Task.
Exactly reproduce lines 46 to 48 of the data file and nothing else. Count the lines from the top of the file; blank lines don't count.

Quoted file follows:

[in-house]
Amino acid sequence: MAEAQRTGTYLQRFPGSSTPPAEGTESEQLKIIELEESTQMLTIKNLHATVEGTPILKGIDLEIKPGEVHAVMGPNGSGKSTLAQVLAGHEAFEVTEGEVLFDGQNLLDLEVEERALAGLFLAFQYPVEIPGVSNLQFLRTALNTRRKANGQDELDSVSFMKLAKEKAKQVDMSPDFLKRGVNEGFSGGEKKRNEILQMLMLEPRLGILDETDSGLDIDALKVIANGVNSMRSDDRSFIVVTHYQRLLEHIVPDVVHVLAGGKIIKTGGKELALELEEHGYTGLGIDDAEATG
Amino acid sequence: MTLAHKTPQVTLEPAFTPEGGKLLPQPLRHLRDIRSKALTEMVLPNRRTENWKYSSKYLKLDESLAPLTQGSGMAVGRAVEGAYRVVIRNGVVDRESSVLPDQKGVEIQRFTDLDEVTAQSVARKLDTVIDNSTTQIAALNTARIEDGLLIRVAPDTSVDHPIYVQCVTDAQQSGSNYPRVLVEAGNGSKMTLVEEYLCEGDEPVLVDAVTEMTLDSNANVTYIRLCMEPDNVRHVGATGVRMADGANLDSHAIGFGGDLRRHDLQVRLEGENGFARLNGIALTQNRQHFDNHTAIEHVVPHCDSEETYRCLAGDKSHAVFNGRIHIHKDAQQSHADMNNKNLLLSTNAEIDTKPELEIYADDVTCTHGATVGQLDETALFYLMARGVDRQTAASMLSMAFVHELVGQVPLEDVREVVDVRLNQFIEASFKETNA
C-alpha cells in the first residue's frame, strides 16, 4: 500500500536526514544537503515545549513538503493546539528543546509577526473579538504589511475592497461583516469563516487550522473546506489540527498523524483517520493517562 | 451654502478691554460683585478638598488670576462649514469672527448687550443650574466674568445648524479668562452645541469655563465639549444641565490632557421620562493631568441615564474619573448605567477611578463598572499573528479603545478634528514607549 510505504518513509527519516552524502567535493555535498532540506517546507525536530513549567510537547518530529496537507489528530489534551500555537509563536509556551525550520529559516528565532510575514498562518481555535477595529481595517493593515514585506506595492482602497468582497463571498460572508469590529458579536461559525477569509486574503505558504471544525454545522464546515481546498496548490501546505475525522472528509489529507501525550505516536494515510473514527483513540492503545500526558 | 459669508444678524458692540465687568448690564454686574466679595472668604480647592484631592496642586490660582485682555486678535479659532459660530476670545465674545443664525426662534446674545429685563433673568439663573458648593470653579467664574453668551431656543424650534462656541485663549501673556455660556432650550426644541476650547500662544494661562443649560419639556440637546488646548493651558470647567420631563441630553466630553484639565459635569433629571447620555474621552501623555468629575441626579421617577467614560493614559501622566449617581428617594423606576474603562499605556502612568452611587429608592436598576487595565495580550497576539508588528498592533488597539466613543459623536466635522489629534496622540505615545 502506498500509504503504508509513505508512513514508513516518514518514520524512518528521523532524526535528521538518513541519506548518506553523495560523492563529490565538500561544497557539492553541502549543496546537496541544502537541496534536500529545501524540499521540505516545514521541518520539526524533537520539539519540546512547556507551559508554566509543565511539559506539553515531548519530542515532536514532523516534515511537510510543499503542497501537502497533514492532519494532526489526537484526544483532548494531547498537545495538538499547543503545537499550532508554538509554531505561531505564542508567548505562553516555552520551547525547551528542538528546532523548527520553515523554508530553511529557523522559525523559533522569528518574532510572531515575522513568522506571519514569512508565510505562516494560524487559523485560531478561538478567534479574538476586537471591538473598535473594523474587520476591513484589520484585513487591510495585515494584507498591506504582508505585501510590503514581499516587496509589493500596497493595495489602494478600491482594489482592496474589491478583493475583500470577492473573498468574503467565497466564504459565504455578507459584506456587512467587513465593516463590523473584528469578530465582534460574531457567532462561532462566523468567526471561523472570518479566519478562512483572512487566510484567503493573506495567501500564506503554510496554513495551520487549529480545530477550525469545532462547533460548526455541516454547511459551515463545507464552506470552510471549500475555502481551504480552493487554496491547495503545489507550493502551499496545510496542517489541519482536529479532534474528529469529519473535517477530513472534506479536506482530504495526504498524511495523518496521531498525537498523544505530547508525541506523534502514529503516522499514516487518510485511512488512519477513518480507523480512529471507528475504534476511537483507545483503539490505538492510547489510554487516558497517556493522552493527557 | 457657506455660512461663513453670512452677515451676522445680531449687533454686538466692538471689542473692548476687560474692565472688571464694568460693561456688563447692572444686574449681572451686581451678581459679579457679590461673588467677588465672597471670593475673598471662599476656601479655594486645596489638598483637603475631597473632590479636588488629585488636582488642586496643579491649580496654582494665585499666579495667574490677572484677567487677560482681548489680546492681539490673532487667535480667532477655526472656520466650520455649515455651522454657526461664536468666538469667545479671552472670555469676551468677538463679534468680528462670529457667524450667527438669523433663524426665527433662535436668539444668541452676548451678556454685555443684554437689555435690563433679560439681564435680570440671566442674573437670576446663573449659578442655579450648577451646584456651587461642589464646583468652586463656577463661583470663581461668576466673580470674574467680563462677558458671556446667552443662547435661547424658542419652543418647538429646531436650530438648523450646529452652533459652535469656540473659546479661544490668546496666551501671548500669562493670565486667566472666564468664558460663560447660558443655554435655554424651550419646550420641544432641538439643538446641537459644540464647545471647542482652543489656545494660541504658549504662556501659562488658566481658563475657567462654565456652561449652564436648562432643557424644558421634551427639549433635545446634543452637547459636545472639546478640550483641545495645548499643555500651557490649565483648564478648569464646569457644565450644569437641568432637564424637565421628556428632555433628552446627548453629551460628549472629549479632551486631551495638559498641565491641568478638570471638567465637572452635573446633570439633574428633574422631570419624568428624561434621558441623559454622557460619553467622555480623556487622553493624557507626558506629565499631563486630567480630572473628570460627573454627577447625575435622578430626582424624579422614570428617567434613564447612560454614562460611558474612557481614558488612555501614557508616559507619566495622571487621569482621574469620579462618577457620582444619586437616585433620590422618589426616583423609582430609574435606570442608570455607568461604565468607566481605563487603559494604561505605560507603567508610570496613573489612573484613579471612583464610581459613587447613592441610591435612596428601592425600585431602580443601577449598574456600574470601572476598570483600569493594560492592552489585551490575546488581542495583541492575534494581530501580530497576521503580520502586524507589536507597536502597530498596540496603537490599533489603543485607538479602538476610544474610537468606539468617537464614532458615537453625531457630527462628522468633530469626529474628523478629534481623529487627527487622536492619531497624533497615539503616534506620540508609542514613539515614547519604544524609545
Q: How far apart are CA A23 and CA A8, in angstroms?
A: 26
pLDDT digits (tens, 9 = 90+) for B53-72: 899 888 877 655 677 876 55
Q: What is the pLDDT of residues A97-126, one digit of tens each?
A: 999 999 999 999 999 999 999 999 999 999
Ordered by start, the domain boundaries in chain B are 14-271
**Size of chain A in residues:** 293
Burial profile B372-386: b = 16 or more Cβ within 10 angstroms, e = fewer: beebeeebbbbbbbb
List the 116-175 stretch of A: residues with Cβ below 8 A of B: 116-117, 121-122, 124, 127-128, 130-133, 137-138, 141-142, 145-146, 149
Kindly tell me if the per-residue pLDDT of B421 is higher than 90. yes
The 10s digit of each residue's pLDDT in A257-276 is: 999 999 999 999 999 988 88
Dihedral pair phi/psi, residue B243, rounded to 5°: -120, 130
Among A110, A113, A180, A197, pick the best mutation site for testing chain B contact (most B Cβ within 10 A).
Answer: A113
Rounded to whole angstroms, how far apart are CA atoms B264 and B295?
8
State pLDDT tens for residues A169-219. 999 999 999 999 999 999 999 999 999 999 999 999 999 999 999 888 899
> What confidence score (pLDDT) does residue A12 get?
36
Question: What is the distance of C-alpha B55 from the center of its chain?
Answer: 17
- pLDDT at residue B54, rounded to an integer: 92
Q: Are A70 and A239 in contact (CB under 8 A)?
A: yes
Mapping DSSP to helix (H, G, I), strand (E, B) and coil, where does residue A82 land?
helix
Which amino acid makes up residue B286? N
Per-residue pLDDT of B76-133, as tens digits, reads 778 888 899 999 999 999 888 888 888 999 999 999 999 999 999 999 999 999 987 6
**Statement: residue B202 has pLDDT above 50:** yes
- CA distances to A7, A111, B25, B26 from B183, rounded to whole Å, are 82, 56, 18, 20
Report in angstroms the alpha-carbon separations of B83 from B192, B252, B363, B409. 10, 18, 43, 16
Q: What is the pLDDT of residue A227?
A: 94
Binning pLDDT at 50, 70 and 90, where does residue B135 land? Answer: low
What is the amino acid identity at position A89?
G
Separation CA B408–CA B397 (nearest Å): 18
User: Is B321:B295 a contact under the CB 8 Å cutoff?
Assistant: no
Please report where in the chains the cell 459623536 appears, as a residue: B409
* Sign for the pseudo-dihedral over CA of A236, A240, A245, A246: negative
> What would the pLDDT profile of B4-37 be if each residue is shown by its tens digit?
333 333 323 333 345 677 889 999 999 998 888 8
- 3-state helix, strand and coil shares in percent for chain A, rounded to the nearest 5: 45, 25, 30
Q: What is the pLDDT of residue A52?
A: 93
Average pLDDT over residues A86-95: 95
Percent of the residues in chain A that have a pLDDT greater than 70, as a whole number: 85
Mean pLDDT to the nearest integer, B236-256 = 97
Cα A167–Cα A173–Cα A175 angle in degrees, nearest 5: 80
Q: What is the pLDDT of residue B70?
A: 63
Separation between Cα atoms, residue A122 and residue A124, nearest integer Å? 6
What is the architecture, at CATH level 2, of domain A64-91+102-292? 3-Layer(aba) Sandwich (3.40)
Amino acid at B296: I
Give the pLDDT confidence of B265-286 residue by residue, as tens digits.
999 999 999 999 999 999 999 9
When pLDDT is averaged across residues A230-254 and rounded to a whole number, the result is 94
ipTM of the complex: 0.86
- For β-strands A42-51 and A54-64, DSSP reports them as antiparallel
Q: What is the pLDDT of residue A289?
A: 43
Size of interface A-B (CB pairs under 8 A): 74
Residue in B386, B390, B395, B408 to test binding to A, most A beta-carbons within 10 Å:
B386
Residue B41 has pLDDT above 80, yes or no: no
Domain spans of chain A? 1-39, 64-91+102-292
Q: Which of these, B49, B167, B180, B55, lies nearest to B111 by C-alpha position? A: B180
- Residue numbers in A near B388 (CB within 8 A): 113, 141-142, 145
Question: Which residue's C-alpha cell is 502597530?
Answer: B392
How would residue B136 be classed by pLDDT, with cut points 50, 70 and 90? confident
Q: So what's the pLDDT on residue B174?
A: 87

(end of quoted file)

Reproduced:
> What would the pLDDT profile of B4-37 be if each residue is shown by its tens digit?
333 333 323 333 345 677 889 999 999 998 888 8
- 3-state helix, strand and coil shares in percent for chain A, rounded to the nearest 5: 45, 25, 30